Senior male carpenter using digital tablet while working in workshop
Gunnar Svanberg Skulason Senior male carpenter using digital tablet while working in workshop

Though we're just over halfway through this decade, it's becoming apparent that as baby boomers leave the workforce, the U.S. has taken a hit.

Between 2010 and 2020, the retirement of baby boomers will lower the GDP growth per capita 1.2 percentage points each year, writes a new study out this week from the National Bureau of Economic Research. The good news is that the aging will slow down immensely in the next decade and help the U.S. GDP get back to normal.

What's surprising is the composition of the slowdown. Just one-third is driven by slowing workforce expansion and the rest by a drop in productivity gains. The productivity slump isn't reserved to older workers: it takes place across age groups, the researchers find.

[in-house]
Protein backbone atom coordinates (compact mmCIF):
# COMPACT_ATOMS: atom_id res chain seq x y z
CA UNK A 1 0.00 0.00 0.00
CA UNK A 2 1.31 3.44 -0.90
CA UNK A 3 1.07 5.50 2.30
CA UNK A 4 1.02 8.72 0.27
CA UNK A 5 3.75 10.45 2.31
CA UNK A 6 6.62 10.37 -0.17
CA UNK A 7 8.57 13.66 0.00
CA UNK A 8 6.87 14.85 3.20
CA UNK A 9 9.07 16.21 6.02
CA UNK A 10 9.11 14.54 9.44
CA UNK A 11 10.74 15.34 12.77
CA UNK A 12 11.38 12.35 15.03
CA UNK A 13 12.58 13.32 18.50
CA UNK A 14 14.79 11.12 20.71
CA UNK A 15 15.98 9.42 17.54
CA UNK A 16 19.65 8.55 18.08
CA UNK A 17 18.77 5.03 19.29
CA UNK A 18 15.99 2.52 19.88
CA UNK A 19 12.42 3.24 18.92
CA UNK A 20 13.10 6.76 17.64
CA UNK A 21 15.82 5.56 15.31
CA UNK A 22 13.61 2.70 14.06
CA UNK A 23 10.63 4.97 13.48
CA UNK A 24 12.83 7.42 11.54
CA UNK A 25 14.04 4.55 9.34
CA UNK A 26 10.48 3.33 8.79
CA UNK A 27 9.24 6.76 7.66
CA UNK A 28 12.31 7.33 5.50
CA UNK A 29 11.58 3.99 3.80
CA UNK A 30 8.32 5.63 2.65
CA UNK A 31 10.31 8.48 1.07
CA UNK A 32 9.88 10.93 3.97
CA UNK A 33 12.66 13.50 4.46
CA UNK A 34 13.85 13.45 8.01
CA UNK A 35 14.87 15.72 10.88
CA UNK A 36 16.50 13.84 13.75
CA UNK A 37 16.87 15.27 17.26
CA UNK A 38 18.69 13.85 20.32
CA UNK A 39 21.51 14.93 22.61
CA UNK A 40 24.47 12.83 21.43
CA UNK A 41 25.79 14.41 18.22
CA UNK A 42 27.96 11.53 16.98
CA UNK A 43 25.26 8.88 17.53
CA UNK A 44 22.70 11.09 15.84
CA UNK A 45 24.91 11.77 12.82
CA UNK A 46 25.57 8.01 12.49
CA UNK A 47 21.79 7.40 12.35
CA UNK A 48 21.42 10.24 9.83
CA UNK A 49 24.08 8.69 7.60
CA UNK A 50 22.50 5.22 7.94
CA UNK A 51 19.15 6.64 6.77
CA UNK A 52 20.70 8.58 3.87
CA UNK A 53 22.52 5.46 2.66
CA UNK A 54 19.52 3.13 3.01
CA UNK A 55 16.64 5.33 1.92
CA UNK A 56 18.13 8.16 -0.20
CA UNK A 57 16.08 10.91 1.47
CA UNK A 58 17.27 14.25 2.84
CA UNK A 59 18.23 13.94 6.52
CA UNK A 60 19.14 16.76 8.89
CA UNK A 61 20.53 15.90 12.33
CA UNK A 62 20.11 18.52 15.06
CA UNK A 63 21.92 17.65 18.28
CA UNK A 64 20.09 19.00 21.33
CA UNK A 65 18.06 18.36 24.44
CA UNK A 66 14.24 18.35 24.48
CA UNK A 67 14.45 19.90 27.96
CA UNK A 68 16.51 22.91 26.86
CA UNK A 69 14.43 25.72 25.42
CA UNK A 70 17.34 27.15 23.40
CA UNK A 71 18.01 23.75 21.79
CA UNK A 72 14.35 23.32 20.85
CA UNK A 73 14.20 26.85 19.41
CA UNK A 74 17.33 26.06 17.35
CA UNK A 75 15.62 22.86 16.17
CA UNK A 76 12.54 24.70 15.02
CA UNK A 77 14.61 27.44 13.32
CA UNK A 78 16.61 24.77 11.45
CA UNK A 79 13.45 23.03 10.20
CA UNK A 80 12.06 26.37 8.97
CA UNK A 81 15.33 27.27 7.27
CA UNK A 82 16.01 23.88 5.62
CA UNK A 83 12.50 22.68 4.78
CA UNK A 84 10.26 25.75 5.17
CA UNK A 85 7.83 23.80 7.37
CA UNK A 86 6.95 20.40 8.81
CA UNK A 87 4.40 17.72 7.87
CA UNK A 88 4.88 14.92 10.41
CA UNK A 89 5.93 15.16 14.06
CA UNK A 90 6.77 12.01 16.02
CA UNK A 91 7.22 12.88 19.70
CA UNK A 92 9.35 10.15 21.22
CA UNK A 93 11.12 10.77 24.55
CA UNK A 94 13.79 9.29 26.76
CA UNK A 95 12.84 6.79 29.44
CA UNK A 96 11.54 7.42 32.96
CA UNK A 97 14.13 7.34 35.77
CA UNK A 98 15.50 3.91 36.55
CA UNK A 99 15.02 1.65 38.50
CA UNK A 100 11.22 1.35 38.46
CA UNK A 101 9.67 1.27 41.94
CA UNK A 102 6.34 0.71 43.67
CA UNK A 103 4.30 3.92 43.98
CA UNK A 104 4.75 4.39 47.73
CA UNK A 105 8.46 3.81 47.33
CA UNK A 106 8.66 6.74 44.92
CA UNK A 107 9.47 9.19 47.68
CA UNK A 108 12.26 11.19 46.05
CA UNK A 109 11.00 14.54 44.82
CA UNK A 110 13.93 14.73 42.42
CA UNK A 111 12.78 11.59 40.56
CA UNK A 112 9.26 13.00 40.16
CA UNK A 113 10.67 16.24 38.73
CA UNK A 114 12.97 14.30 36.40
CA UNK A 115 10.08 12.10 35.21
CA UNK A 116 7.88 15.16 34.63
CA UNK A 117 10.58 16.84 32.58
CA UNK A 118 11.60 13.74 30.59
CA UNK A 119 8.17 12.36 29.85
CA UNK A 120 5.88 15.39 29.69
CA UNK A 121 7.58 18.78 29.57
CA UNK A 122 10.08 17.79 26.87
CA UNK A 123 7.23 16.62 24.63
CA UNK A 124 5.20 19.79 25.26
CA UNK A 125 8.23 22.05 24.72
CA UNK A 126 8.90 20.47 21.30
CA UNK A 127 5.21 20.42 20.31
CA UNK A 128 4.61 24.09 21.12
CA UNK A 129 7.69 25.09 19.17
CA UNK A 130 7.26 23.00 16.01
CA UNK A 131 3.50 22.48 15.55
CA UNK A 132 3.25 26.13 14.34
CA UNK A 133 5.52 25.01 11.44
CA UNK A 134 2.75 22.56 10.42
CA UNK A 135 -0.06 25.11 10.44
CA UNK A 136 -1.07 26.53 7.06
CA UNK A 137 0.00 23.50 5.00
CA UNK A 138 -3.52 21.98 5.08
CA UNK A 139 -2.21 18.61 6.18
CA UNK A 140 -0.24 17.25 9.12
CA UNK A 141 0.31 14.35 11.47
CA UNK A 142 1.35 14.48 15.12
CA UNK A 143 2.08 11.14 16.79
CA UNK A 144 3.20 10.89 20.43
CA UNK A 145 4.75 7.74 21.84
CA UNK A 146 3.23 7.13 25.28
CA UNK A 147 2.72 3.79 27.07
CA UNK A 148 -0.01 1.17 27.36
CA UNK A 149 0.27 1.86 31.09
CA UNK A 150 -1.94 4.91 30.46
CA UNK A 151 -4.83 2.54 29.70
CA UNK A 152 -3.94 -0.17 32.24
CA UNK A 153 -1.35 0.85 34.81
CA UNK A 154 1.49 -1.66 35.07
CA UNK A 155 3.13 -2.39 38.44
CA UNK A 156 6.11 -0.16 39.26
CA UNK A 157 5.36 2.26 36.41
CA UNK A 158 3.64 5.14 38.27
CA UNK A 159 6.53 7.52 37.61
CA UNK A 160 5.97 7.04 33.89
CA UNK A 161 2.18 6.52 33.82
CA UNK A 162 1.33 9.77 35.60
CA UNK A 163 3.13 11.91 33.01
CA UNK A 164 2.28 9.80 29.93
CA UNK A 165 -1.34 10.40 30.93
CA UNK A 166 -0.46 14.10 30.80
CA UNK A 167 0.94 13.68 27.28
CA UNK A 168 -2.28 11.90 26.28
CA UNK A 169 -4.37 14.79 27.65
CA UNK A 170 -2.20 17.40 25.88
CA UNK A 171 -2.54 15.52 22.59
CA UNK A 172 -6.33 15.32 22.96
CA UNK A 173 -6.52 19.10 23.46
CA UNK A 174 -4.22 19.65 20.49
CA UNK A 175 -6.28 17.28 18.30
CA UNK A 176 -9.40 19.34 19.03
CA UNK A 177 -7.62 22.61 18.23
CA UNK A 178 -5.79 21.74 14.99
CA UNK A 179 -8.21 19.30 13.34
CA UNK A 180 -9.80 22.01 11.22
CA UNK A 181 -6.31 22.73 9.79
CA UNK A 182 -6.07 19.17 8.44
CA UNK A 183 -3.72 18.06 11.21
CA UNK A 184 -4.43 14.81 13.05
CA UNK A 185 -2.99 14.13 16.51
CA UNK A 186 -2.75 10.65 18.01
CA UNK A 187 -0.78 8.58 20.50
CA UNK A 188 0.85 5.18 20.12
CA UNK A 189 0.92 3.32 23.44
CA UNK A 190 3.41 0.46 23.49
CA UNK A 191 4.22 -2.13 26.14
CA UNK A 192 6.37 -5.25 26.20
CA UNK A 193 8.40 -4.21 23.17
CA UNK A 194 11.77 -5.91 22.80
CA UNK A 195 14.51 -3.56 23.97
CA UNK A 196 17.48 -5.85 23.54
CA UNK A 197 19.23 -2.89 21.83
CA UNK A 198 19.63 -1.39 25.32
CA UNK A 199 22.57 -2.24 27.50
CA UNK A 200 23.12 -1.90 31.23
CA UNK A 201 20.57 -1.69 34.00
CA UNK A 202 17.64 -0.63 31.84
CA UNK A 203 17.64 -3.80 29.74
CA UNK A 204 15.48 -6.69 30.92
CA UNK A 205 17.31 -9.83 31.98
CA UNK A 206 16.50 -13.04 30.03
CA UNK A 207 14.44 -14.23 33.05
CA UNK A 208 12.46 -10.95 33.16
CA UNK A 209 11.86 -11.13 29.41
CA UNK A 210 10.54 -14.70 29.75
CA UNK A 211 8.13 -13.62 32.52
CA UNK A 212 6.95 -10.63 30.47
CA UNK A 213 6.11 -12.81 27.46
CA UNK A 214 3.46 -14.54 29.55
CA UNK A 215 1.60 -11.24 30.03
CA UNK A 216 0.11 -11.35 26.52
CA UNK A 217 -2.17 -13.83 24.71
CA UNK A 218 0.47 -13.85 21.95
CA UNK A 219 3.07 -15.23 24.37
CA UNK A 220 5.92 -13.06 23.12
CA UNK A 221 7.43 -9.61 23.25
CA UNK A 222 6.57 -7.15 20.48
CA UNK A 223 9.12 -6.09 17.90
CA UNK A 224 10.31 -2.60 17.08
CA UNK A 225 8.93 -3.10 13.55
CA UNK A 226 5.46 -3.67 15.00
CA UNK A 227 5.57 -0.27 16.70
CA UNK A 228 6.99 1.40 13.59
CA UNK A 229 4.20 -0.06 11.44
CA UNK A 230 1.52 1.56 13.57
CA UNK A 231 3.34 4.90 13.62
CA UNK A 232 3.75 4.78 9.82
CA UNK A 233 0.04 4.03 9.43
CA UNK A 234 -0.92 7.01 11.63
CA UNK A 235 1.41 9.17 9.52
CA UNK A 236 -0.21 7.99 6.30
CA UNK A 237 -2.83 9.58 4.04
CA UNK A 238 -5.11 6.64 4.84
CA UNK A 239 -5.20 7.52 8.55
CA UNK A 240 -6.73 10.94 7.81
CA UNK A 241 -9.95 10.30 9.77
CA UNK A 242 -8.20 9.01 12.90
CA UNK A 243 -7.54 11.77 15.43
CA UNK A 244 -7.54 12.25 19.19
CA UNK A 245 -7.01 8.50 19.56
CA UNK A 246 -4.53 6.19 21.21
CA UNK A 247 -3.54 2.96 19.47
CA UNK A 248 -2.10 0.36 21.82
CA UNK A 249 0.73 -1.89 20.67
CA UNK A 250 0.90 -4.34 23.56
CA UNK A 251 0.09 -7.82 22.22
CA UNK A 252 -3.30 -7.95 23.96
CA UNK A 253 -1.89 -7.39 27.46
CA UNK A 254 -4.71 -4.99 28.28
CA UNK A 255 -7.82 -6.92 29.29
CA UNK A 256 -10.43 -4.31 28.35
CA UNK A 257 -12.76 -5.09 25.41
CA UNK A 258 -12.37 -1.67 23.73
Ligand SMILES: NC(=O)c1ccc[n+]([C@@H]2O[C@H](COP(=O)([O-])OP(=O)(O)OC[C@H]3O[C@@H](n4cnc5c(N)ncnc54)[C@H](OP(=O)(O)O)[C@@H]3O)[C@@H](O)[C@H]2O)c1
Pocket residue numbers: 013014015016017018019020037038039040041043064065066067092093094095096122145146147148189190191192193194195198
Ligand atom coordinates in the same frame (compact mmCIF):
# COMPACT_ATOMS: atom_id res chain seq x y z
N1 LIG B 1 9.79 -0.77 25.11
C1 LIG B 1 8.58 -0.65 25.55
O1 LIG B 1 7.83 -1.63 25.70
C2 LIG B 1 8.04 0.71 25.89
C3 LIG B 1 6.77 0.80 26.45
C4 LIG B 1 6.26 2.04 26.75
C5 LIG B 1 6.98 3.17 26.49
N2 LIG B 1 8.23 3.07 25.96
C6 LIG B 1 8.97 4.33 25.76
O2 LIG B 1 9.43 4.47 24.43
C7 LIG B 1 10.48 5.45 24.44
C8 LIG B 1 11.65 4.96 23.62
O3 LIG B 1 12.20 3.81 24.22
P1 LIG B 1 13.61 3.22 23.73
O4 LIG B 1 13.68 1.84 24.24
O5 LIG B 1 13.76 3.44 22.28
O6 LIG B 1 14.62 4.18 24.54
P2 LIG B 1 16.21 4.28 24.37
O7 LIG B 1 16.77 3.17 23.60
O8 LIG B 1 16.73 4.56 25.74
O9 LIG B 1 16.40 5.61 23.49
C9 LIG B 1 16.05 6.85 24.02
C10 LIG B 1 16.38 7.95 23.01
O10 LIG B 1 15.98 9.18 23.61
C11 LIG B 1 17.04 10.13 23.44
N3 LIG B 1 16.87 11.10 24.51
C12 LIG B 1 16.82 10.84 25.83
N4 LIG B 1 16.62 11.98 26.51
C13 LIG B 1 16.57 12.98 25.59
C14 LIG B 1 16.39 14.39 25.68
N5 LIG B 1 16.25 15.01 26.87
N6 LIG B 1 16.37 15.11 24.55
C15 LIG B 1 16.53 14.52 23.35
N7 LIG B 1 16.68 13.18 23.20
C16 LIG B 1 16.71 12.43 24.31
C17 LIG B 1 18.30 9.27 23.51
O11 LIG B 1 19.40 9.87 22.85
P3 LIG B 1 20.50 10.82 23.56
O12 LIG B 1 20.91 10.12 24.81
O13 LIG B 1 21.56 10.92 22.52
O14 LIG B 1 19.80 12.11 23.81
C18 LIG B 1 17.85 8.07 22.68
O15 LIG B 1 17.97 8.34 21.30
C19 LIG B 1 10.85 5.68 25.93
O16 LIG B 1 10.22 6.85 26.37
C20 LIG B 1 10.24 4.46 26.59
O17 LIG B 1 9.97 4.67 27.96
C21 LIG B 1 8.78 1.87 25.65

The authors suggest a few theories about why that's the case. It could simply be that younger and older workers complement one another. Or the most productive older workers might be leaving the workforce, while less-productive old timers stay on the job.

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